APIA Heritage Month has come and gone, and in its wake, I’m reminded more than ever of the current stakes for our community. It’s been a tumultuous last few months. Beginning in April, just after AWP and as LR was planning its collaboration with the American Bookbinders Museum, a wave of painful incidents once again demonstrated the challenges of Asian American representation. It started when the New Yorker published Calvin Trillin’s racially tone-deaf poem about Chinese food, “Have They Run Out of Provinces Yet?,” and continued with reports of yet more yellowface casting in Hollywood, a Facebook post by Mark Doty that made sport of the English on a Chinese restaurant’s menu, and, most recently, manifested itself on television, when Ann Coulter insisted that all Asian Americans ought to be referred to as “Mandarins.” With Michael Derrick Hudson’s engagement in literary yellowface in last year’s Best American Poetry and Chris Rock’s use of Asian American children as props at the Oscars still fresh in our memories, we couldn’t be blamed for feeling that lately, the assault has been relentless. Again and again, we’ve seen the Asian American body become yet another object on which others have imposed their own narratives of fear and foreignness. Repeatedly, we’ve found ourselves fighting for the right to own our bodies and the cultural narratives that they inhabit. Throughout all of this, we’ve witnessed the beauty and strength of a community rising up to make itself heard, but we’ve also wrestled with the reality of watching those who’ve spoken out be continually dismissed and silenced.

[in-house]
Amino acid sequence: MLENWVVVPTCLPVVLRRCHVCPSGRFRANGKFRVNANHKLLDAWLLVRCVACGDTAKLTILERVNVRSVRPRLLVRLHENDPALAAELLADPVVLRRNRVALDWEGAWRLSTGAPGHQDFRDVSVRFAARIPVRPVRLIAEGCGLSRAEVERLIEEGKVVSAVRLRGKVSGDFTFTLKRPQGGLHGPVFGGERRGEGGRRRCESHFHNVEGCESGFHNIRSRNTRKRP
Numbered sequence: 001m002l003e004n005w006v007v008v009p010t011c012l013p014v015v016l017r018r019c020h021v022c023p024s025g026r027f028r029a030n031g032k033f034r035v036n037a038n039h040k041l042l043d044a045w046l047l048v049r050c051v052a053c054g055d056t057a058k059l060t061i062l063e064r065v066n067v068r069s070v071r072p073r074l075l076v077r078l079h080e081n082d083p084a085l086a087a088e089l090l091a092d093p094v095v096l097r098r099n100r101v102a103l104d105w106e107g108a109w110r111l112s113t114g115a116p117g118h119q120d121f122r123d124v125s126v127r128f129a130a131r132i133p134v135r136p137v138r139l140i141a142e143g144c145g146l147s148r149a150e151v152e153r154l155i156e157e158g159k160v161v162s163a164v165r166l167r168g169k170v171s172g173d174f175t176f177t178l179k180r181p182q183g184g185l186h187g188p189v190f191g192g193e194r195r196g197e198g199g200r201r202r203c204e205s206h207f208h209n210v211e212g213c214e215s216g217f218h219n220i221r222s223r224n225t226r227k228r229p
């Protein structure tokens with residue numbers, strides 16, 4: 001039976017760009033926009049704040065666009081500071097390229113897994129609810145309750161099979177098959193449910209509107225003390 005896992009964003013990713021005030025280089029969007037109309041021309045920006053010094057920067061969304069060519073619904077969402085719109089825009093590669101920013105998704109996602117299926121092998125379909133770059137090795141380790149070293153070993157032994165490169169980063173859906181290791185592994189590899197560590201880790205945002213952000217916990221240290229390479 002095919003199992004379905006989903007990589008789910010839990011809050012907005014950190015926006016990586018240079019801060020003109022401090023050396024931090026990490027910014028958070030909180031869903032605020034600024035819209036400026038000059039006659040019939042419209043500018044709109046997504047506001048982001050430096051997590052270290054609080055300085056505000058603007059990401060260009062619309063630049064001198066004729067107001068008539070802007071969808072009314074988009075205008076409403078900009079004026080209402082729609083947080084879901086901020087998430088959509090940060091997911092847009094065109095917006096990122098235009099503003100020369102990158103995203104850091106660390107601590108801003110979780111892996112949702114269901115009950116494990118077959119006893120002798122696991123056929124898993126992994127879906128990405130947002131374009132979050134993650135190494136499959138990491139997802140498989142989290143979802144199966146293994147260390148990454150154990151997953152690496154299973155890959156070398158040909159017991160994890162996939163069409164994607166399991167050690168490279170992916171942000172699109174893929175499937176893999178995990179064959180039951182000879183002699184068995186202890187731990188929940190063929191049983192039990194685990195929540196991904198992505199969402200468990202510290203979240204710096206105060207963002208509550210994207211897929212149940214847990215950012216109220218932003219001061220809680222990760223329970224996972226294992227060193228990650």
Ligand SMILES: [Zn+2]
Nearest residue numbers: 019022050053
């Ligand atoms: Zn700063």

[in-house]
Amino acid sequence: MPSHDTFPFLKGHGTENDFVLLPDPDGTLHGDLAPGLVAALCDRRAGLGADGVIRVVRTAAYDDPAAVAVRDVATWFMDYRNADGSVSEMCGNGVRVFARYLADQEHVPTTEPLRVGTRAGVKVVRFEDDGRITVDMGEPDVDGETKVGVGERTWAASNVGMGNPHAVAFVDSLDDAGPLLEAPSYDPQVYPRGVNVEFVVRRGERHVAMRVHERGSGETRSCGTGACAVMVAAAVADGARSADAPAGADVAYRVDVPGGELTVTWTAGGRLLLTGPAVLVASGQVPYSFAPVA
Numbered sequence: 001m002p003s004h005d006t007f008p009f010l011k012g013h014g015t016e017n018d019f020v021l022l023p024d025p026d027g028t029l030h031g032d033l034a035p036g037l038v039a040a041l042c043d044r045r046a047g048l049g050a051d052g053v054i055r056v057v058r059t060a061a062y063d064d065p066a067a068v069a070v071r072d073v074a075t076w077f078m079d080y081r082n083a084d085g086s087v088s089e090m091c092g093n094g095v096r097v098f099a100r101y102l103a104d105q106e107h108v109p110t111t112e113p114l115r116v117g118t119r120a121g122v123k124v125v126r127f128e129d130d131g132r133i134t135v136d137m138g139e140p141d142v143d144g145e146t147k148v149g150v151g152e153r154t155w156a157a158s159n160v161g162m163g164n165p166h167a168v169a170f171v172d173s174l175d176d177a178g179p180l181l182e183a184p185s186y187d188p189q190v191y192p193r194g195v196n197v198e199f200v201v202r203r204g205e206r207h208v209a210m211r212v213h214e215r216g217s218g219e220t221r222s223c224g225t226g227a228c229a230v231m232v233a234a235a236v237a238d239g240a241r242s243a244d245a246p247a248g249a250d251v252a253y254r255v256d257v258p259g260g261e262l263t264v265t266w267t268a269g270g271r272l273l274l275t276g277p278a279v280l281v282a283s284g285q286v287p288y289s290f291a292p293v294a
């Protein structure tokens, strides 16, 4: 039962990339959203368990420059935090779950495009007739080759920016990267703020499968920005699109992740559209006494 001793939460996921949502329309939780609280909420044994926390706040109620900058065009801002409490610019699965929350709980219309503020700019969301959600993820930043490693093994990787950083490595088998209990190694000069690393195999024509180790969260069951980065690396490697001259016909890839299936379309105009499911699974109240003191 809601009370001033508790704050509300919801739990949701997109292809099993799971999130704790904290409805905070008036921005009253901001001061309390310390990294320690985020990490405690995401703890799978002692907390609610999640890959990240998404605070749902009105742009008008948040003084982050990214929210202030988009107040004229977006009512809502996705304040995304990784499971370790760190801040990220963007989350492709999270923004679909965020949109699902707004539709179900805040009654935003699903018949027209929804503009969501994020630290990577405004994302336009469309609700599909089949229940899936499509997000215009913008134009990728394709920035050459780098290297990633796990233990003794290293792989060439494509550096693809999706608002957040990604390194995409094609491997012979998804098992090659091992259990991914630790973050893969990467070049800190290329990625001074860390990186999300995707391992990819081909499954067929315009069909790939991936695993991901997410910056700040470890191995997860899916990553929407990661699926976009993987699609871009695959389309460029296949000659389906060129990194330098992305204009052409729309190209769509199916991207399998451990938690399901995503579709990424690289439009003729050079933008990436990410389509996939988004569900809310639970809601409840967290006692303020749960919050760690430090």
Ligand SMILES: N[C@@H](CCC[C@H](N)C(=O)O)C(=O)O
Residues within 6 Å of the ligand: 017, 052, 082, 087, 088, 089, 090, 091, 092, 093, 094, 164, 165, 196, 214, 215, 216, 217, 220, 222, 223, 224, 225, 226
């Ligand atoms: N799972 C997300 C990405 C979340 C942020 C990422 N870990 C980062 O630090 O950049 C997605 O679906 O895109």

After Calvin Trillin’s poem was published, Asian American writers all over the nation responded en masse, making their criticisms known on Twitter and Facebook, writing letters to the New Yorker, crafting response poems and parodies (many of which the AAWW later documented in this helpful post at the Margins), publishing critical essays (e.g. Timothy Yu’s prescient essay in the New Republic, Paula Young Lee’s incisive article for Slate, Wendy Chin-Tanner’s thoughtful piece at XO Jane, and Neil Aitken’s analysis for the podcast Racist Sandwich’s blog), and giving interviews on the radio (e.g. Hyphen editor Karissa Chen’s appearance on the Heritage Radio Network show, Eat Your Words). The public backlash to these responses was swift and unmerciful. The Huffington Post published a blog post positing that anger was an inappropriate, even unfair, response because of Trillin’s age. Joyce Carol Oates tweeted a ditty that described Trillin as “misunderstood.” Yu, Chen, and countless others who spoke up were harrassed by strangers on social media who characterized them as hysterical, berated their “oversensitivity,” and called their credentials into question. The message, it appeared, was that Asian Americans’ right to speak about our own cultures and experiences, to tell our own stories on our own terms, did not matter—at least, not as much as protecting the right of a white man with considerable privilege and status to speak for us (even if at our expense).